1813 Clock, Castleton

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This clock face dated 1813 is attached to a house in Castleton, its a bit of a mystery.
1813 clock, Castleton

The only reference to 1813 I can find in association with the village is that a methodist chapel was built in that year. That was in turn replaced in 1871, so perhaps this is the orginal chapel or the clock face was just removed from it ?


Robin Hood and Little John Inn Sign, Castleton

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The sign for the Robin Hood and Little John Inn is now virtually lost.
Robin Hood and Little John Pub, Castleton
The building itself can be dated to 1671 and local folklore states that Robin Hood and Little John met here for the last time. The sign was still freshly painted in this1955 Francs Frith photo..

There are many local references to the famous outlaws such as ‘Robin Hoods Bay’ and the ‘Robin Hood’s Close and Little John’s Close‘ marker stones near Whitby

Robinson Institute, Glaisdale

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Information from the Robinson Institute Website :-

Thomas Alexander Robinson (1830 – 1912) Originally from Houghton le Spring, Co. Durham, Thomas Robinson was the son of a blacksmith. He worked as a clerk to a coalmine company owner, a role which took him to Europe where he saw an opportunity to import cheap fresh eggs to England to feed the growing masses in the industrial towns of the 1860s. Later he set up a shipping company in West Hartlepool, which moved to the deeper port of Hull around 1901 and was known as Thomas Robinson & Sons Co. Ltd.
Robinson Institute, Glaisdale
The plaque reads :-
The Robinson Institute, Presented to the people of Glaisdale by the late Thos. Robinson Esq J.P. (The Gables) To Commemorate the Coronation of King George V. 1911
Robinson Institute, Glaisdale

Quaker Burial Ground, High Castleton

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A small wooden gate at the roadside leads to an old Quaker cemetery.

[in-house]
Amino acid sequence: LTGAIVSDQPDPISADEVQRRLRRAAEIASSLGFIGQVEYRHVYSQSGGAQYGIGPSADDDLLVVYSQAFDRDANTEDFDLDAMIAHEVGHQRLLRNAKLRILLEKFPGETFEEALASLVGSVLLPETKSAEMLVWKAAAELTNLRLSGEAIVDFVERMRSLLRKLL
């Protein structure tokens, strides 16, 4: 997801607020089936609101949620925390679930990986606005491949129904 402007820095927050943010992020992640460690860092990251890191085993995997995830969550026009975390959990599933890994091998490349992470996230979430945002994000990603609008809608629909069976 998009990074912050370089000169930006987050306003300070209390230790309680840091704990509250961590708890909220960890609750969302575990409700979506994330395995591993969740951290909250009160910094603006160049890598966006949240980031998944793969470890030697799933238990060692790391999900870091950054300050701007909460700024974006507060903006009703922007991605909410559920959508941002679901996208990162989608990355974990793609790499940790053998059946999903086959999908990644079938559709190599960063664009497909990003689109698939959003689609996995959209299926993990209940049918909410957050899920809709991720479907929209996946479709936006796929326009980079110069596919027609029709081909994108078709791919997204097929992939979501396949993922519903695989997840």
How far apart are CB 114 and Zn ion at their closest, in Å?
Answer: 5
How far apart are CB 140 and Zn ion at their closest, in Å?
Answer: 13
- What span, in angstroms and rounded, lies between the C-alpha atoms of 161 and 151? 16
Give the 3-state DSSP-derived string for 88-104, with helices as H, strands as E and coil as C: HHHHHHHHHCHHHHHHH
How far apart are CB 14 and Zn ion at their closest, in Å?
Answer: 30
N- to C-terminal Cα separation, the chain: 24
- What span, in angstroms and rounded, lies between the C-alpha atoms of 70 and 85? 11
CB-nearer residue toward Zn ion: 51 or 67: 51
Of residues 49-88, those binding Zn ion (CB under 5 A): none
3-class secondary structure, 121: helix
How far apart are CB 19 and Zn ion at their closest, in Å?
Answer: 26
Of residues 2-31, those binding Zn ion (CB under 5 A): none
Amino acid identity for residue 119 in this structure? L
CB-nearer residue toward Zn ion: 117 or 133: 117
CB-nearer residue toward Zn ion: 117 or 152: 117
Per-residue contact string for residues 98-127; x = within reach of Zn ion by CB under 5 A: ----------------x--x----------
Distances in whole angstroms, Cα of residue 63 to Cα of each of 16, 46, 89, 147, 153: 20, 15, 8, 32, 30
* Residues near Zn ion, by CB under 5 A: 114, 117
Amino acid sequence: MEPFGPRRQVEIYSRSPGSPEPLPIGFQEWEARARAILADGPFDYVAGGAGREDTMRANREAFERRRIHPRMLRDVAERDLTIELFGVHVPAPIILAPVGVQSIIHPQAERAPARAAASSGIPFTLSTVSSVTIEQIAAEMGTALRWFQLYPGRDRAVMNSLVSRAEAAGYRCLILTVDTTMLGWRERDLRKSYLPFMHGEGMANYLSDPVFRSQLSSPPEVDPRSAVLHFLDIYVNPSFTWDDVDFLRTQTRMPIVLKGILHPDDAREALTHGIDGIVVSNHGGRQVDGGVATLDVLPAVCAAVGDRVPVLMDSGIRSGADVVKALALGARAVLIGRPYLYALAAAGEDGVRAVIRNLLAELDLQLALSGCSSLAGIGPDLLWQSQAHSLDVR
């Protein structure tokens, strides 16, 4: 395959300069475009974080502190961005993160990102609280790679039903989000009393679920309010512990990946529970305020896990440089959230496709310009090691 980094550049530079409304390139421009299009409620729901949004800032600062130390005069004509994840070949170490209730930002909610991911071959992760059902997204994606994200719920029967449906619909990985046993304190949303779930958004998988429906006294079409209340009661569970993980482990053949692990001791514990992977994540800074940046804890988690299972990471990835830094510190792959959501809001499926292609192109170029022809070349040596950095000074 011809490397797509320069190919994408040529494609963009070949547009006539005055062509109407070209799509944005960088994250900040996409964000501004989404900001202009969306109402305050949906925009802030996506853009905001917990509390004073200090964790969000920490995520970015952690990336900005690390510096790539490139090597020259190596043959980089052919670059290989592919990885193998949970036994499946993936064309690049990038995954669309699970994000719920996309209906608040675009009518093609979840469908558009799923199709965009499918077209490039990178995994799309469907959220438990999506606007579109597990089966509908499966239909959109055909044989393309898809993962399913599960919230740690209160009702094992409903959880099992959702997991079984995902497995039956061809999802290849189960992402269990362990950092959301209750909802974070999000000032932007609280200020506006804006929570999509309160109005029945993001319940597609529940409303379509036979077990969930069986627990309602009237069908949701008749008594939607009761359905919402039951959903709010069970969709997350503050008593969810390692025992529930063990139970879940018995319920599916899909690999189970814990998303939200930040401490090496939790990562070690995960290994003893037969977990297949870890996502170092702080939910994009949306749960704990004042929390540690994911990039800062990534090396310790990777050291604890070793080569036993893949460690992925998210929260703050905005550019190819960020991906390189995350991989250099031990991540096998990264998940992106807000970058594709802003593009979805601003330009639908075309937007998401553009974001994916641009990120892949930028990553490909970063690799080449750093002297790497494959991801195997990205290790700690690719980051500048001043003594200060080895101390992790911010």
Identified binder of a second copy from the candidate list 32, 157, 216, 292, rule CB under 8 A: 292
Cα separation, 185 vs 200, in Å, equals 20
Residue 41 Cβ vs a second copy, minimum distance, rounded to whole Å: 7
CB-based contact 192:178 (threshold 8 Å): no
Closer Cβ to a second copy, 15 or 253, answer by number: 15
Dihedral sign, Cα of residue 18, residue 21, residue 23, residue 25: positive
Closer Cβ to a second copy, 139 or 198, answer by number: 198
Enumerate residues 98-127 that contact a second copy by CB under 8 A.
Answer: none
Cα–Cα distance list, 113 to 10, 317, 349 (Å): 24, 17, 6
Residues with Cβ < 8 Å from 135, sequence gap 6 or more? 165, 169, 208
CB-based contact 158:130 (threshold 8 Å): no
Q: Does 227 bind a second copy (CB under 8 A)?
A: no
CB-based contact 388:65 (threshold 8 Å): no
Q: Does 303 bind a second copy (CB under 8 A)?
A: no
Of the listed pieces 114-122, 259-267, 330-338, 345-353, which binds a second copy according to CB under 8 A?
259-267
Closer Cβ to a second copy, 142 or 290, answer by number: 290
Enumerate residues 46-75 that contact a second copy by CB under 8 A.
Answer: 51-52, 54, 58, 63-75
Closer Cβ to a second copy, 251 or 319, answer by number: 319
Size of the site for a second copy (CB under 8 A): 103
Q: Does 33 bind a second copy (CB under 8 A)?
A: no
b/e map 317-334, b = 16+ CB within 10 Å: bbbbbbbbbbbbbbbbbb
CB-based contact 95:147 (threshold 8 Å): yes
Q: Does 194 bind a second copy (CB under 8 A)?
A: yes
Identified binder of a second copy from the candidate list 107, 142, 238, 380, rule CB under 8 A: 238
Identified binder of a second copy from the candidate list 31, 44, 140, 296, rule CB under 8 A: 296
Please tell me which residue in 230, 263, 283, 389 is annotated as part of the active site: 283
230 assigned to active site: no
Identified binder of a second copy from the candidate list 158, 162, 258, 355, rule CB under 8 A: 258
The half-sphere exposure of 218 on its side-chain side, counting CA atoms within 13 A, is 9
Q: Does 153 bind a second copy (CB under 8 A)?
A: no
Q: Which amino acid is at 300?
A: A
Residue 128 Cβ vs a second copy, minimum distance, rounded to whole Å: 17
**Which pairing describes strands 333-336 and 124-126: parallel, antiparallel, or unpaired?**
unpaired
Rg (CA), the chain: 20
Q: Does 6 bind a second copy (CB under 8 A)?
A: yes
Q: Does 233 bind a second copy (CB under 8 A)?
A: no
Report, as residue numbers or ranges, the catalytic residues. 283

Quaker Graves, Castleton
The area is fairly large, but perhaps only a third currently has any head stones, property was owned in the area as early as 1658 although the ‘Castleton Meeting’ formed in 1719 and ran until 1924.
Quaker Graves, Castleton
Although generally omitted from modern maps, ‘Friends Burial Grounds’ always used to be marked as this 1913 example shows.

Underground course of West Dyke, Redcar

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West Dyke currently goes underground at the edge of the A174, an area now prone to flooding. An open stream is shown here on 1970s maps and until recently the top of Oxgang Bridge was still visible at the edge of Plantation Road, although the parapets have since been removed.
Lost Bridge, Redcar
A footpath which follows the course of the steam runs from Plantation Road all the way down the side of the racecouse, this is shown as an open stream on 1950s maps before the construction of West Dyke Road and Lakes estate. Being pushed underground around Greystoke Road by the 1970s

A sharp westerly turn is taken at  the end of Thrush Road, and in the 1930s it came back to surface alongside Corporation Road, this area must have been culverted when Sandringham/Buckingham Roads were built.
The stream can then be seen going back south and under Corporation Road, amazingly the concrete parapet for this old bridge still exists despite the College having been built over the site in the 1960s when that stretch was most likely culverted too
West Dyke, Redcar
The 1950s map  shows an open stream going under Corporation Road and behind the houses on the south side before going into Locke Park1950s

The water re-emerges in Locke Park with an identical concrete bridge to the one on Corporation Road, so they most likely both date from the opening of the park in 1929.
West Dyke, Redcar

Virtually the full length of the culvert remains under footpaths, presumably in case of collapse.